My Exam Chair Rocks!

jedmed s chair
I am not in the habit of endorsing products, and I have no relationship (financial or otherwise) with Jed-Med, but after performing more than 50,000 vestibular exams in the same exam chair, I gotta say, “This chair rocks!”

We find that the Jed-Med S-II chair is an excellent choice for ENG/VNG examinations, as the chair can be reclined quickly for positional testing, at a 30-degree angle for caloric testing, and elevated or lowered for better access to the patient for canalith repositioning (CRP). There is a removable head rest for performing the Dix-Hallpike test and CRP. It can be brought back quickly into the seated position from the reclined position for doing orthostatics (which requires a little bit of muscle).

This chair is problematic if one is attempting a barbecue roll for treatment of horizontal canal positional vertigo, and the Semont maneuver simply cannot be performed in the JedMed S-II chair. A standard examination table would be better suited for those tasks.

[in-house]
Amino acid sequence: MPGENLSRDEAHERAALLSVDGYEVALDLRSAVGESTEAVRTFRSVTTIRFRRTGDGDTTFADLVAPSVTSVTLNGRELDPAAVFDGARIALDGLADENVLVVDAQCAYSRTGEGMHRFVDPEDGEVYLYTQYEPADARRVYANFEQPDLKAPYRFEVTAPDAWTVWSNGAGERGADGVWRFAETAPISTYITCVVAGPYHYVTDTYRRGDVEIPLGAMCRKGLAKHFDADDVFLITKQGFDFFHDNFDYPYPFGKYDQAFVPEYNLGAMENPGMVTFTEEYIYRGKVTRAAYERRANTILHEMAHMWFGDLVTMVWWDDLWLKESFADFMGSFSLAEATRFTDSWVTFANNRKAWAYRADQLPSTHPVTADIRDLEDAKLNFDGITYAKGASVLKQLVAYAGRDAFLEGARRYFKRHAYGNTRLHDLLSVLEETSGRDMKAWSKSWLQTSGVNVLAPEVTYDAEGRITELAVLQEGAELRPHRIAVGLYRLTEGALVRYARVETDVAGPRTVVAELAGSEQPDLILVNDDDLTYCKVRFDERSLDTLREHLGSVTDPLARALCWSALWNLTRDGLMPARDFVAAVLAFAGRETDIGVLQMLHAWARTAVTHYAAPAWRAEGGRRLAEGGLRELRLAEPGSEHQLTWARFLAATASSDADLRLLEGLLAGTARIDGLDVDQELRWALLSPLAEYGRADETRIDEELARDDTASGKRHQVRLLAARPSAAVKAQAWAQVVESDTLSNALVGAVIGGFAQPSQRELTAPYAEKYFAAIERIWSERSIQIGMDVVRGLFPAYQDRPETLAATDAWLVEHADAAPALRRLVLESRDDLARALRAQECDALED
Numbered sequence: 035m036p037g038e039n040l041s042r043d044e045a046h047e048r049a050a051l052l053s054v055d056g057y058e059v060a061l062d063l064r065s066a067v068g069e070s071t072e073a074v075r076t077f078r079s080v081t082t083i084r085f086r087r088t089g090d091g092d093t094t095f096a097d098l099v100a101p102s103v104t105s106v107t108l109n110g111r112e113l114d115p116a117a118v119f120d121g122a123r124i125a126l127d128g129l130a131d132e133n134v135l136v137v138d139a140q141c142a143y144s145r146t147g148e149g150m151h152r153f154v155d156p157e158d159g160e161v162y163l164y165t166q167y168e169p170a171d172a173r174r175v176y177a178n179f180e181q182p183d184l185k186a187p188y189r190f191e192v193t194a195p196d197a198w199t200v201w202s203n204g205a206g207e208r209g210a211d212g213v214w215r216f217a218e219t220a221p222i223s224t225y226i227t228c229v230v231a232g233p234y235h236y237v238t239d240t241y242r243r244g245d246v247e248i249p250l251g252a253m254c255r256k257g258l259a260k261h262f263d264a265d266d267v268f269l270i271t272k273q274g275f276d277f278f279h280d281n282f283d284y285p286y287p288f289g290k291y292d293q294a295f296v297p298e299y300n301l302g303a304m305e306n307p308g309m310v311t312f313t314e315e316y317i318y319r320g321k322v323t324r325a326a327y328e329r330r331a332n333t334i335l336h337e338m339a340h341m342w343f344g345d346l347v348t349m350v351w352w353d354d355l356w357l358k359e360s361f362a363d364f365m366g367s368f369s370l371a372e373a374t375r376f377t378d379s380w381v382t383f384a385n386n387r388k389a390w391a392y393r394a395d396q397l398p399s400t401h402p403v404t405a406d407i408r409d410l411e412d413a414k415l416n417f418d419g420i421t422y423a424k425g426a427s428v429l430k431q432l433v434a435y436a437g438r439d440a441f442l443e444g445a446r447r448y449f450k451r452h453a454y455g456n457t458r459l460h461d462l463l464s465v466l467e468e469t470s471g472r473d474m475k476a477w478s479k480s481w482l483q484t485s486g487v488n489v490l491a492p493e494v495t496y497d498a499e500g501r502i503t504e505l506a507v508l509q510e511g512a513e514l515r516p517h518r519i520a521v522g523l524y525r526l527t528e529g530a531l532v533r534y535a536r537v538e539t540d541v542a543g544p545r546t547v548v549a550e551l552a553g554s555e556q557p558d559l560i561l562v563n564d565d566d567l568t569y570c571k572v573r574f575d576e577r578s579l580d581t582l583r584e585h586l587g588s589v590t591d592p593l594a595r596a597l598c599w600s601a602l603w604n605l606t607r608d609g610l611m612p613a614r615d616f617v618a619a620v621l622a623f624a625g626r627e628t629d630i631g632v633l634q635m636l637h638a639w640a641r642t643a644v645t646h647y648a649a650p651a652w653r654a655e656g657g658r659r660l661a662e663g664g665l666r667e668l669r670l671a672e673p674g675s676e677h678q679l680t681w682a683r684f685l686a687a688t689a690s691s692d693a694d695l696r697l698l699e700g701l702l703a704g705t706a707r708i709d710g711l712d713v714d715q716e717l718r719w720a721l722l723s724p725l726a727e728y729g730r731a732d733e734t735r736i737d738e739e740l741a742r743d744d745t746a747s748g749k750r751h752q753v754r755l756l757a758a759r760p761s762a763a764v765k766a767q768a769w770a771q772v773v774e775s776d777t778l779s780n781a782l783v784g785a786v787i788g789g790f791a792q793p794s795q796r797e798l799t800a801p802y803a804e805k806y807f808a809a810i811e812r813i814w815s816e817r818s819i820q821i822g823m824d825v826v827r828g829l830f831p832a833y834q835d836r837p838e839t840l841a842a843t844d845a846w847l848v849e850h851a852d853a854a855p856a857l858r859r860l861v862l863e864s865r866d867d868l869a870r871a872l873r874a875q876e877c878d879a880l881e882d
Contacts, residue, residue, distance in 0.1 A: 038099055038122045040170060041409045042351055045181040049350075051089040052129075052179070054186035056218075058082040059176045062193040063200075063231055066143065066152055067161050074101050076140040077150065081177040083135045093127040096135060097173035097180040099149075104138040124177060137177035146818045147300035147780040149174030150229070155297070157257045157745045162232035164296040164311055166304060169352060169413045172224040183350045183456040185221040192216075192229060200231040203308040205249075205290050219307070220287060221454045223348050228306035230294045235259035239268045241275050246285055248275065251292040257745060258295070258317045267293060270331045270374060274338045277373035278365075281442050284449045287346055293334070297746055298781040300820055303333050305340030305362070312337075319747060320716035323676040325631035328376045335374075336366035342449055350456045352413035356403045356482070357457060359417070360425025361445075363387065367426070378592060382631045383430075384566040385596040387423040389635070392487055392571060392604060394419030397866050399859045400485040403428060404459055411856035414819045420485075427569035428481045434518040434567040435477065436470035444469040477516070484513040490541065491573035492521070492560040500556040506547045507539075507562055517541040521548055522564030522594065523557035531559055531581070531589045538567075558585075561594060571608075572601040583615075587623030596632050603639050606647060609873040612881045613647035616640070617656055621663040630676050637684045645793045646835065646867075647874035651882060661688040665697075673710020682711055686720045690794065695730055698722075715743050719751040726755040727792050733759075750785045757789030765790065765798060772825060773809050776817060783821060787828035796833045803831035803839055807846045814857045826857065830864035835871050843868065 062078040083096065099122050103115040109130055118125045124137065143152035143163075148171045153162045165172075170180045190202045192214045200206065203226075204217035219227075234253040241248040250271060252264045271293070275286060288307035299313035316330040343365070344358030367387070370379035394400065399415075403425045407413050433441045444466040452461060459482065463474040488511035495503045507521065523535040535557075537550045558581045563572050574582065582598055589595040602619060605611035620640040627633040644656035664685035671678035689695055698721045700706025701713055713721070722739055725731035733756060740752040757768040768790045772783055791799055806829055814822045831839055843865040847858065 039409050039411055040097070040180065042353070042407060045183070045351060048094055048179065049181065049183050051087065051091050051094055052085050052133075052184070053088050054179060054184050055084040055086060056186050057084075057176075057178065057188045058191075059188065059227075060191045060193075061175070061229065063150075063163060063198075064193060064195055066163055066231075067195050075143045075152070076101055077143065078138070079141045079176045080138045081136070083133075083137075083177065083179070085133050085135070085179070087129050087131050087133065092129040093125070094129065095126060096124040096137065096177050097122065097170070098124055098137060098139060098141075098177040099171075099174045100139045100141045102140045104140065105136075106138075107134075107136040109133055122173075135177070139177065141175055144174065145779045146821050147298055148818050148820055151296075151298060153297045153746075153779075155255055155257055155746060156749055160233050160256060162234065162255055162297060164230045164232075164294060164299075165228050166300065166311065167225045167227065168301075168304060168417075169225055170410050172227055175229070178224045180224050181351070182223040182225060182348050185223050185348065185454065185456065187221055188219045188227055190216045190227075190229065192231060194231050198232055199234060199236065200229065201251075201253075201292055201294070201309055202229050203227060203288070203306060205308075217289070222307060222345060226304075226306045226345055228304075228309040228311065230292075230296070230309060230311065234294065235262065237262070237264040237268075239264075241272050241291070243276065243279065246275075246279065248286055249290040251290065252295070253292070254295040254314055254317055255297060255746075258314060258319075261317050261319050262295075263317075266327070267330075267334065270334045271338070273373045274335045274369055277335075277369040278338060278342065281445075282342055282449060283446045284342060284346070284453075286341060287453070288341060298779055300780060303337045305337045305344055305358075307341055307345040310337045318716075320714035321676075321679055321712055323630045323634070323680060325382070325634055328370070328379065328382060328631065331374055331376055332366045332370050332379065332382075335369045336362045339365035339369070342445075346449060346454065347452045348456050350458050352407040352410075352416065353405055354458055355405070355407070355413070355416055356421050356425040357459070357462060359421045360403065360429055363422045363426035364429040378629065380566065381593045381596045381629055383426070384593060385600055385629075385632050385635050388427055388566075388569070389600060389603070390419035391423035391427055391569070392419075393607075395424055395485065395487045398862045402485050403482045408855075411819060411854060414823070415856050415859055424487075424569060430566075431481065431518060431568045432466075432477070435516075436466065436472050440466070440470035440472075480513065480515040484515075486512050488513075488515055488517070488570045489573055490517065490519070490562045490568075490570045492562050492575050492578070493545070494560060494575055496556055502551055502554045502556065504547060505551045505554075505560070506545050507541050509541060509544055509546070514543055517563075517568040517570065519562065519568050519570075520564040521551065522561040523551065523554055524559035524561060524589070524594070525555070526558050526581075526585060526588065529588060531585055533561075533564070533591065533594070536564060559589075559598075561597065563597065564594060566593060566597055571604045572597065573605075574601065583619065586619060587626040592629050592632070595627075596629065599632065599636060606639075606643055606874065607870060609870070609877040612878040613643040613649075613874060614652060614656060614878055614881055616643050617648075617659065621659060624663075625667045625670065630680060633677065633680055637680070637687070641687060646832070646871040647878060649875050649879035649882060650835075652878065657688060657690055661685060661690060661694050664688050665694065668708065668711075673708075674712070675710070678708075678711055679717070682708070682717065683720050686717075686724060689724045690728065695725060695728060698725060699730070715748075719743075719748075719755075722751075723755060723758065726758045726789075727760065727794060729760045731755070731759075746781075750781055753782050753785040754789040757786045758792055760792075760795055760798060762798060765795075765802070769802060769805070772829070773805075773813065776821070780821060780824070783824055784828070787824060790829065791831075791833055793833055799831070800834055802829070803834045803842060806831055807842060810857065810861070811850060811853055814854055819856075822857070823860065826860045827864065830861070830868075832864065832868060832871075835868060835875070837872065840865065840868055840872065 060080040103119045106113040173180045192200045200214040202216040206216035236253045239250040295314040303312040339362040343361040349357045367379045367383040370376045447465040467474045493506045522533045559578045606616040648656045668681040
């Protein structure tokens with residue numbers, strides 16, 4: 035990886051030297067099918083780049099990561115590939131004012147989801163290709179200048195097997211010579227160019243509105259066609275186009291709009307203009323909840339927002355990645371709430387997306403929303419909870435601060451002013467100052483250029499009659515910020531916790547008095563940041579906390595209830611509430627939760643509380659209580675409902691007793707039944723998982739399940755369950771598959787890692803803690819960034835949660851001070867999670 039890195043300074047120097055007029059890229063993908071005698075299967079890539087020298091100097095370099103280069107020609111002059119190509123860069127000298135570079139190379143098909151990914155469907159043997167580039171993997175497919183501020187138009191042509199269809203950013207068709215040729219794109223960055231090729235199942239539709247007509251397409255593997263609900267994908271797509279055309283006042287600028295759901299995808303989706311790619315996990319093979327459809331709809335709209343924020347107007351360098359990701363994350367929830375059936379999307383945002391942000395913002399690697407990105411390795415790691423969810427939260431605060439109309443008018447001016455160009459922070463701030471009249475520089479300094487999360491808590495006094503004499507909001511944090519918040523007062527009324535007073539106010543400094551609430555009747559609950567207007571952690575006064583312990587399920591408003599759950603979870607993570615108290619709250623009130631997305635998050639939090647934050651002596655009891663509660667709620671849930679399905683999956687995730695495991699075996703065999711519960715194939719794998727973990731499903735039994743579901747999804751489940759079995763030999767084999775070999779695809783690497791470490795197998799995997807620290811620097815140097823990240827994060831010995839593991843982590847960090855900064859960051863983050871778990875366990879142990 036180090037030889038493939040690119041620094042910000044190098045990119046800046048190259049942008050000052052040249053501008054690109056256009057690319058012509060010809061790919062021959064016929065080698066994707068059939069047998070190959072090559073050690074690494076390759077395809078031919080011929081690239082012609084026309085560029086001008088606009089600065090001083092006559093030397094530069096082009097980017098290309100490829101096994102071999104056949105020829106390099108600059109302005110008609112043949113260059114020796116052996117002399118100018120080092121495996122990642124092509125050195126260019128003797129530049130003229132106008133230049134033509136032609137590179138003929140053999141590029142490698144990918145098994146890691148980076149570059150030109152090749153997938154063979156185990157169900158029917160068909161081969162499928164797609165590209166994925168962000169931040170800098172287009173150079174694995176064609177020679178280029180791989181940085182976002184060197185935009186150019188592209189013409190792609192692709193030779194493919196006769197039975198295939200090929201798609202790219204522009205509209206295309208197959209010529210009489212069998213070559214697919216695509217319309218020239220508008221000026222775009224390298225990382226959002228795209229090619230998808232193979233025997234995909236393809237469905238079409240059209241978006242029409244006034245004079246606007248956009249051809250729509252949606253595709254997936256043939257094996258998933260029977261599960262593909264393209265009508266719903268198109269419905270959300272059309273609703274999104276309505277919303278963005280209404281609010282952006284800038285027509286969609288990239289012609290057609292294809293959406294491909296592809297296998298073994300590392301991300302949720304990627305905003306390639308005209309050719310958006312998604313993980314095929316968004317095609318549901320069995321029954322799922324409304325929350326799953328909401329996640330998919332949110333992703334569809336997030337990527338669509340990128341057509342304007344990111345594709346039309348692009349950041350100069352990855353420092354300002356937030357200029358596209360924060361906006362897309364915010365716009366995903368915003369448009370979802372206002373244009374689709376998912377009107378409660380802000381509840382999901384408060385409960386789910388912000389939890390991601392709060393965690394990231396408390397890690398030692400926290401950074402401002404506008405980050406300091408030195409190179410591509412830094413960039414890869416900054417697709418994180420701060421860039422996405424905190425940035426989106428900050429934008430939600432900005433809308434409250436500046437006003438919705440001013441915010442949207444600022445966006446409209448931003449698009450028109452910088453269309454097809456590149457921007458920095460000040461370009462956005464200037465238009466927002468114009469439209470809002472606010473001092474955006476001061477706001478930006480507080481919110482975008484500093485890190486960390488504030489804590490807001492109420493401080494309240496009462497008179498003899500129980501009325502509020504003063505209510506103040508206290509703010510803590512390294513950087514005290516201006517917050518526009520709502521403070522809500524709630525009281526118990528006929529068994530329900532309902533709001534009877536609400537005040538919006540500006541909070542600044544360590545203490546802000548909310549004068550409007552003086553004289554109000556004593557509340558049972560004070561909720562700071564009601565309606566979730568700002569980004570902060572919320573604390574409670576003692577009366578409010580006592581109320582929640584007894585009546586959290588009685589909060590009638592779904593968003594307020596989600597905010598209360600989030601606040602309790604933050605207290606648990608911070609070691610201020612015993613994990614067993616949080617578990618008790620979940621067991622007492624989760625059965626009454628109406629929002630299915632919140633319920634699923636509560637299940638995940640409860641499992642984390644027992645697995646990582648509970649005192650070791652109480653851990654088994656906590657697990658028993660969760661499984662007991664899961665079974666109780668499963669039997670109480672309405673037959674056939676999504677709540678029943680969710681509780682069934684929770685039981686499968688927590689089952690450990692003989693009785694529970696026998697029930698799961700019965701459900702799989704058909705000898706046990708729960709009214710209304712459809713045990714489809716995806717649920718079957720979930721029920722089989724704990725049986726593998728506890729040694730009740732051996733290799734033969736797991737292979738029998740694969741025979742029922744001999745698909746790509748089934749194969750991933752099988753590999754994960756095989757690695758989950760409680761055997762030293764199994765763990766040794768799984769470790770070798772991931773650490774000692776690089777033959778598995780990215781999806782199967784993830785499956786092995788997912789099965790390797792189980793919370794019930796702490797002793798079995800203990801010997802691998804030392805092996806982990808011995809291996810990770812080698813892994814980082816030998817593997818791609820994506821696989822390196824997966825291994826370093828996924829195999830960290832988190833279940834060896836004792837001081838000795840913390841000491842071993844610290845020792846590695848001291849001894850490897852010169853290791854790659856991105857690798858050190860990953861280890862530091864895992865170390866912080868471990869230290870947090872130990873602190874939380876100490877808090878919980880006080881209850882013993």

The only problem we have ever had involved a 400-pound patient. The weight caused a fracture of the metal plate connecting the chair to the pedestal. No one was injured and Jed-Med was very responsive. We sent them a picture of the cracked plate, they sent us a replacement with instructions of how it should be attached. That was five years ago, and we have had no additional problems.

People like to complain when a product disappoints, but a company making a good product and offering good follow up service should be recognized.
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About Alan Desmond

Dr. Alan Desmond is the director of the Balance Disorders Program at Wake Forest Baptist Health Center, and holds an adjunct assistant professor faculty position at the Wake Forest School of Medicine. In 2015, he received the Presidents Award from the American Academy of Audiology.